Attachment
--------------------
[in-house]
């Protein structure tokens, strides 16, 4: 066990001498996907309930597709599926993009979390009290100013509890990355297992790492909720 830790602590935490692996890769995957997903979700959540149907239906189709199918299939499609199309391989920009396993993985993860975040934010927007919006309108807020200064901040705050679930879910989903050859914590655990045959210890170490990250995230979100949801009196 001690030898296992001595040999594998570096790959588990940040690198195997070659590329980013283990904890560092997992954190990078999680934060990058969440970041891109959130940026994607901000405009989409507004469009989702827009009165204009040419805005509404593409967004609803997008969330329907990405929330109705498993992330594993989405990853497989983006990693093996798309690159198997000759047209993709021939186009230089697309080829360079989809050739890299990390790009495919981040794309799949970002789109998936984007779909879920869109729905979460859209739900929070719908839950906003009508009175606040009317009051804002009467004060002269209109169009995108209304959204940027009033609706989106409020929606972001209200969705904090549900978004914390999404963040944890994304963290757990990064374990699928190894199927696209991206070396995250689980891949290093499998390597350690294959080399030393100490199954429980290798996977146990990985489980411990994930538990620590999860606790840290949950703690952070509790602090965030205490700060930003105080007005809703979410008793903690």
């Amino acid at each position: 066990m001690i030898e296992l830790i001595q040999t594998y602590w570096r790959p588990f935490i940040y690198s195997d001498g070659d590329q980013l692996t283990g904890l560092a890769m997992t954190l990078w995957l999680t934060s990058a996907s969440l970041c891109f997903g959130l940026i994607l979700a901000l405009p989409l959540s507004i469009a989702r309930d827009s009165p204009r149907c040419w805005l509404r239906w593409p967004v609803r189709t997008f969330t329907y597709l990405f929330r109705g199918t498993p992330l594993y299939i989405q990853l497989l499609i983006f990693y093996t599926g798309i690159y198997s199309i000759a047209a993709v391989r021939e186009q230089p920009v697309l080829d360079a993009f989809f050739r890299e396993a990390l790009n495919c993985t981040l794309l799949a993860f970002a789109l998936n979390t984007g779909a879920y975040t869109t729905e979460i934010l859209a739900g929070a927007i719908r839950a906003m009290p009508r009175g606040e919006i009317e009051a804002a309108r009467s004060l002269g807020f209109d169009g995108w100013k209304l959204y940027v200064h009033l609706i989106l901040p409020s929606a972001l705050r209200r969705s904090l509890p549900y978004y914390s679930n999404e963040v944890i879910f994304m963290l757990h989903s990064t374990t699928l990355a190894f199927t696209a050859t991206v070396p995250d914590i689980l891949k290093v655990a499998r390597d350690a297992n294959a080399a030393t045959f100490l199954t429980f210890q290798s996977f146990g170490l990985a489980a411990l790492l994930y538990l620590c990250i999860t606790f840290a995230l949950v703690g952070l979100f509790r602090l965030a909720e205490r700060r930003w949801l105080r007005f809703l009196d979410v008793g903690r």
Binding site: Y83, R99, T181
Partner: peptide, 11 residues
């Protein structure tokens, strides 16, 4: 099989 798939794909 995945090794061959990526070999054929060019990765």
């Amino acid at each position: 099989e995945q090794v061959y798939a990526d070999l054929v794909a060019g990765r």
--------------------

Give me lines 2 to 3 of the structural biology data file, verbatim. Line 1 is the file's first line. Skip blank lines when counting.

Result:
């Protein structure tokens, strides 16, 4: 066990001498996907309930597709599926993009979390009290100013509890990355297992790492909720 830790602590935490692996890769995957997903979700959540149907239906189709199918299939499609199309391989920009396993993985993860975040934010927007919006309108807020200064901040705050679930879910989903050859914590655990045959210890170490990250995230979100949801009196 001690030898296992001595040999594998570096790959588990940040690198195997070659590329980013283990904890560092997992954190990078999680934060990058969440970041891109959130940026994607901000405009989409507004469009989702827009009165204009040419805005509404593409967004609803997008969330329907990405929330109705498993992330594993989405990853497989983006990693093996798309690159198997000759047209993709021939186009230089697309080829360079989809050739890299990390790009495919981040794309799949970002789109998936984007779909879920869109729905979460859209739900929070719908839950906003009508009175606040009317009051804002009467004060002269209109169009995108209304959204940027009033609706989106409020929606972001209200969705904090549900978004914390999404963040944890994304963290757990990064374990699928190894199927696209991206070396995250689980891949290093499998390597350690294959080399030393100490199954429980290798996977146990990985489980411990994930538990620590999860606790840290949950703690952070509790602090965030205490700060930003105080007005809703979410008793903690």
């Amino acid at each position: 066990m001690i030898e296992l830790i001595q040999t594998y602590w570096r790959p588990f935490i940040y690198s195997d001498g070659d590329q980013l692996t283990g904890l560092a890769m997992t954190l990078w995957l999680t934060s990058a996907s969440l970041c891109f997903g959130l940026i994607l979700a901000l405009p989409l959540s507004i469009a989702r309930d827009s009165p204009r149907c040419w805005l509404r239906w593409p967004v609803r189709t997008f969330t329907y597709l990405f929330r109705g199918t498993p992330l594993y299939i989405q990853l497989l499609i983006f990693y093996t599926g798309i690159y198997s199309i000759a047209a993709v391989r021939e186009q230089p920009v697309l080829d360079a993009f989809f050739r890299e396993a990390l790009n495919c993985t981040l794309l799949a993860f970002a789109l998936n979390t984007g779909a879920y975040t869109t729905e979460i934010l859209a739900g929070a927007i719908r839950a906003m009290p009508r009175g606040e919006i009317e009051a804002a309108r009467s004060l002269g807020f209109d169009g995108w100013k209304l959204y940027v200064h009033l609706i989106l901040p409020s929606a972001l705050r209200r969705s904090l509890p549900y978004y914390s679930n999404e963040v944890i879910f994304m963290l757990h989903s990064t374990t699928l990355a190894f199927t696209a050859t991206v070396p995250d914590i689980l891949k290093v655990a499998r390597d350690a297992n294959a080399a030393t045959f100490l199954t429980f210890q290798s996977f146990g170490l990985a489980a411990l790492l994930y538990l620590c990250i999860t606790f840290a995230l949950v703690g952070l979100f509790r602090l965030a909720e205490r700060r930003w949801l105080r007005f809703l009196d979410v008793g903690r």